Following the return of some Libyan production earlier this month, oil prices began to move sharply lower, pushing global Brent crude on July 16 to a three-month low of $71.84. Adding further downward pressure, a U.S. official suggested that the U.S. would issue some waivers for U.S. sanctions on Iranian oil; U.S.-Chinese trade tensions mounted, raising concerns about a drop in oil demand; and there was talk of a possible release of oil from the U.S. Strategic Petroleum Reserve.

Recent tweets from President Donald Trump had also called for Saudi officials to pump more crude and lower prices. It’s “very new and very unusual for a sitting president to be able to…comment on OPEC or oil prices to a degree where we see his tweets have an actual impact on the price” of oil, said James Bambino, managing director of the Oilgram Price Report at S&P Global Platts.

But the most important factors influencing prices are supply and demand, he pointed out. The market may see a fall of $10 because of the tweets, but part of that drop would be attributable to “indications that foreign policy will have a longstanding impact on supply-and-demand factors,” said Bambino.

The IEA forecasts that global oil demand will grow to 100.5 million barrels a day in 2019, from 99.1 million this year.

Goehring argues that Saudi Arabia, OPEC’s biggest producer, has little spare capacity to make up for inventory losses elsewhere. It’s capable of pumping about 10.6 million barrels a day, just above current output of 10.3 million barrels a day, he said.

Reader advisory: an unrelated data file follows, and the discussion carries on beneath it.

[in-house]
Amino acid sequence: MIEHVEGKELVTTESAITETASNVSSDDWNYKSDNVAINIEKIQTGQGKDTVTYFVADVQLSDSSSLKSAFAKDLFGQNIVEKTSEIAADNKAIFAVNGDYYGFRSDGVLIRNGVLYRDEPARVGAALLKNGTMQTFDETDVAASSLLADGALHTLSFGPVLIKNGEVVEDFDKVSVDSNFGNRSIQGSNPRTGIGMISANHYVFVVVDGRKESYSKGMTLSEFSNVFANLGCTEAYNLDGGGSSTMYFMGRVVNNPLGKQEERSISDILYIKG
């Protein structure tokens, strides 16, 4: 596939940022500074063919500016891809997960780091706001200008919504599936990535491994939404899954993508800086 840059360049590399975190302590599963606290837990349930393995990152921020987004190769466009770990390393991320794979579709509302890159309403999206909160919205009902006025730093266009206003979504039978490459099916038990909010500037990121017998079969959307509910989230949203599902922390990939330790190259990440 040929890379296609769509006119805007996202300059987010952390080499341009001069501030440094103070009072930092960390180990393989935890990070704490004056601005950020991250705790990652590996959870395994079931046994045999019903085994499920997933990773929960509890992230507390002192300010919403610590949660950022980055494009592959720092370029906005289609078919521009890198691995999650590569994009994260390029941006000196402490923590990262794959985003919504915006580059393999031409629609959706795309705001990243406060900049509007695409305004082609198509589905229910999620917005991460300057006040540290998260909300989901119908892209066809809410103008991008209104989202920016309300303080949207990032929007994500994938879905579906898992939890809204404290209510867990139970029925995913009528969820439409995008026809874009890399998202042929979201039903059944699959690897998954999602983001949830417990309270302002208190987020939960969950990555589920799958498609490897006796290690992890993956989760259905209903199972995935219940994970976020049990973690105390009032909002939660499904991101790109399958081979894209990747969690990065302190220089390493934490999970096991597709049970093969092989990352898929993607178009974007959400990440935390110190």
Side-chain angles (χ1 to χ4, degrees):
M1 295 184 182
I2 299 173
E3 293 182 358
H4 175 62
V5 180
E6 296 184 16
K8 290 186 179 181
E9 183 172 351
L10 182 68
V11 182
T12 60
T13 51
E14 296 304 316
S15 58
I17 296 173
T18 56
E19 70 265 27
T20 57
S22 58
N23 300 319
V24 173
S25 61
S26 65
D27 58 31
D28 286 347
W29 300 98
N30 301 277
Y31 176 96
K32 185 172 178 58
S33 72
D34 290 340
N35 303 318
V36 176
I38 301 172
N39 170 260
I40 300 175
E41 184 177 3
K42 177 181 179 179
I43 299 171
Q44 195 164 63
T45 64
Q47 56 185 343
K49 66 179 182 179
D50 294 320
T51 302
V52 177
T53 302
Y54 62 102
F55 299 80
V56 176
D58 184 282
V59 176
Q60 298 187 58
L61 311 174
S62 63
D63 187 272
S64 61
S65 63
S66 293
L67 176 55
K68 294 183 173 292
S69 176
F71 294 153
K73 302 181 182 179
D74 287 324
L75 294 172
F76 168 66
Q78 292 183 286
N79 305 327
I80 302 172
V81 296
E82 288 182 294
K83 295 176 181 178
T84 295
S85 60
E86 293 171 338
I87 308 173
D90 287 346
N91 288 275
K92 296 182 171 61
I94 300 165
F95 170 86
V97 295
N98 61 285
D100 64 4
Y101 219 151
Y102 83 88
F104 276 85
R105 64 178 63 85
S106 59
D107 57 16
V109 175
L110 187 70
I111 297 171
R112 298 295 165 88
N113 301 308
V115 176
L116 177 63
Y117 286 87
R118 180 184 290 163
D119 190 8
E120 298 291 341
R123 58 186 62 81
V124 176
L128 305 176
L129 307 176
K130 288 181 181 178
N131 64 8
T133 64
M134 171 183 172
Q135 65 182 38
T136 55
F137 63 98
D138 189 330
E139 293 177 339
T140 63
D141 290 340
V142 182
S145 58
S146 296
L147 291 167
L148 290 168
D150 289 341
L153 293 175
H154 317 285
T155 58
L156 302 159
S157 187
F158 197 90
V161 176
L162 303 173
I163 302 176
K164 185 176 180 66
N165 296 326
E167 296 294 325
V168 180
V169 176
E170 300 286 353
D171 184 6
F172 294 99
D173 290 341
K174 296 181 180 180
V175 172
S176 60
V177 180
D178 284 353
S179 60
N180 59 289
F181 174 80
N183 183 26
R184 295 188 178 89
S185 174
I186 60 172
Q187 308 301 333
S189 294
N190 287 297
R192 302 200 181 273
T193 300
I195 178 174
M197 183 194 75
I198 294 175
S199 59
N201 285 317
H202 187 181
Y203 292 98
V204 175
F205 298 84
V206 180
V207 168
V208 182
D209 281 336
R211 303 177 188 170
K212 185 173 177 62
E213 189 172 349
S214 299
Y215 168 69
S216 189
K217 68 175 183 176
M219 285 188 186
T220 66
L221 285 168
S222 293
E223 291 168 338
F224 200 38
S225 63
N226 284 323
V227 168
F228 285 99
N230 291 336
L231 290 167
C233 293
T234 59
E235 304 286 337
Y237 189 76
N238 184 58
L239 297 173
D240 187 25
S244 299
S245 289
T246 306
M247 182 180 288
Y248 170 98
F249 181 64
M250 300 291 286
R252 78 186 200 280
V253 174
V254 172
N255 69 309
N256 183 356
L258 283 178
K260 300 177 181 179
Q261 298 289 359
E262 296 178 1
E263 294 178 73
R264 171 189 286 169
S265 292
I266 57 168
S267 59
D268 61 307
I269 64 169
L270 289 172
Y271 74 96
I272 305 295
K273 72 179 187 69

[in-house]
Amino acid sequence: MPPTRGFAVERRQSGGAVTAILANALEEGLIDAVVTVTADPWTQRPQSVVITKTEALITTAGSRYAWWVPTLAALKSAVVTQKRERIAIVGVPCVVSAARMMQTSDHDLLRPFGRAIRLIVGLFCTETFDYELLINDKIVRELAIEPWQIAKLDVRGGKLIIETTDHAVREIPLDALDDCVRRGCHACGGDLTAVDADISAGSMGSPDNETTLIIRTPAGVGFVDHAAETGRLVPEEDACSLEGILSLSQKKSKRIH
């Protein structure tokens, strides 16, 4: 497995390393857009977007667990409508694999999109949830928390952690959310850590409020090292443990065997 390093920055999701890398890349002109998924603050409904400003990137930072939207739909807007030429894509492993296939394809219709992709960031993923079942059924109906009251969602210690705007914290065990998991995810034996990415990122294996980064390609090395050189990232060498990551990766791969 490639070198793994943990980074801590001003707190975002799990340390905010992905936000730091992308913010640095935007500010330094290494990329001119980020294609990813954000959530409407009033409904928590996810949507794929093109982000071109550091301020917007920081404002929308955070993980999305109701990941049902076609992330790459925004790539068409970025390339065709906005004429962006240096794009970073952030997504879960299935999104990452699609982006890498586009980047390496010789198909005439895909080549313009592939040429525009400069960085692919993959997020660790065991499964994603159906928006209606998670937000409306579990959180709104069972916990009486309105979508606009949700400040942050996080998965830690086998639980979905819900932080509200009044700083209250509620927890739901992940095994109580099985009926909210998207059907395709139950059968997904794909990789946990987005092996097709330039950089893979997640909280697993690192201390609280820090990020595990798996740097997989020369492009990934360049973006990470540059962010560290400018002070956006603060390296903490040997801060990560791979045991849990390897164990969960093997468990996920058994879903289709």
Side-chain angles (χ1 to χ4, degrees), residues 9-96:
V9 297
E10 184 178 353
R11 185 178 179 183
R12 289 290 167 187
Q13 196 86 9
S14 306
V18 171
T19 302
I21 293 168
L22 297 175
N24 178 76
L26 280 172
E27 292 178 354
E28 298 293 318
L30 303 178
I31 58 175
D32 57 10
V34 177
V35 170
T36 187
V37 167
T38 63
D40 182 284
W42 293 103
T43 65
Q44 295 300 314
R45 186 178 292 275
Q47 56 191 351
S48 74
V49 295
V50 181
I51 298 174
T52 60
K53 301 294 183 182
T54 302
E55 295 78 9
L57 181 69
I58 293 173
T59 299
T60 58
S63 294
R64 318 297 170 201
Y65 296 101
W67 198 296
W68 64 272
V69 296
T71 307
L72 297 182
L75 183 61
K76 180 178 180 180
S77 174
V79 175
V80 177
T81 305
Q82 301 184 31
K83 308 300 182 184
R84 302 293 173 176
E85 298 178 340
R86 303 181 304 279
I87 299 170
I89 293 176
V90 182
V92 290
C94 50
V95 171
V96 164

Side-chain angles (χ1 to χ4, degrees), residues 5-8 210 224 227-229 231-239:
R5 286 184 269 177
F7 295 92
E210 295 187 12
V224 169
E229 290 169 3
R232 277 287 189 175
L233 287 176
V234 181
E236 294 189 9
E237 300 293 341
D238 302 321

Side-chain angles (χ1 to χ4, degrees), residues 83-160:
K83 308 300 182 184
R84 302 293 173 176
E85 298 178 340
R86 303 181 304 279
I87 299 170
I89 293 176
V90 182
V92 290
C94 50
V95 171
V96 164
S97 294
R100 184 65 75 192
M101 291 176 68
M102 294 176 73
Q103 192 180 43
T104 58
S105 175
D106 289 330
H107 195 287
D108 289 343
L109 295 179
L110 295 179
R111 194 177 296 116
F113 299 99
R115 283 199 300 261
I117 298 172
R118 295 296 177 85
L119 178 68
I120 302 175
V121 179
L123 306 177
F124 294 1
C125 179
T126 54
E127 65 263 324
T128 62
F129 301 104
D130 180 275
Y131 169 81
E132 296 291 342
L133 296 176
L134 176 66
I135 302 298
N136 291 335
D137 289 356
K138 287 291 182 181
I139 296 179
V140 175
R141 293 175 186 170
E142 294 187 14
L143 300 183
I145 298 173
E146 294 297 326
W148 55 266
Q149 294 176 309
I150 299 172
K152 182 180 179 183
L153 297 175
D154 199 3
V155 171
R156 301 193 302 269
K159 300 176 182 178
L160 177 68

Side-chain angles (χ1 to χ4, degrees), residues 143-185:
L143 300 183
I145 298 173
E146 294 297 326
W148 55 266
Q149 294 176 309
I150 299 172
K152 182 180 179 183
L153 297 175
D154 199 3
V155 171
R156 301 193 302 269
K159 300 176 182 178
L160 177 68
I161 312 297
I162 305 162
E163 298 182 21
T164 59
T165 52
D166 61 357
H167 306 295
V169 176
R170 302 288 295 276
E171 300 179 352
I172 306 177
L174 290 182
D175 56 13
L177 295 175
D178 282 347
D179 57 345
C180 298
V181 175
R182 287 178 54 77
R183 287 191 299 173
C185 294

Global oil inventories may decline early in the fourth quarter “to levels that have historically seen triple-digit oil prices,” said Goehring. He believed that Brent oil prices will reach $100 a barrel this year. That has been his forecast for 18 months.

However, the bull run is threatened with the strength being gathered by the United States dollar.

According to reports, President Trump’s trade war with China, which is still in its early stages, had already battered the yuan.

The dollar has gained more than 8 percent against the Chinese currency since March. Reuters pointed out, that in dollar terms, the price of Brent oil had climbed 9 per cent this year, but in yuan terms oil is now nearly 14 percent more expensive.

But the yuan is not the only currency that has been knocked down a peg or two by the greenback.

The U.S. dollar index is at its strongest in a year, pushed along by steady rate tightening from the U.S. Federal Reserve and solid GDP growth.

There is a bit of a feedback effect at hand as well. As the Fed tightens rates and pushes up the dollar, emerging market currencies suffer from sudden shocks, sometimes severe. Argentina, Brazil, Turkey and South Africa have seen significant depreciations in their currencies this year. As capital flees some of these emerging markets and flows into safe haven assets, such as the U.S. dollar, it only magnifies the divergence between the greenback and other currencies.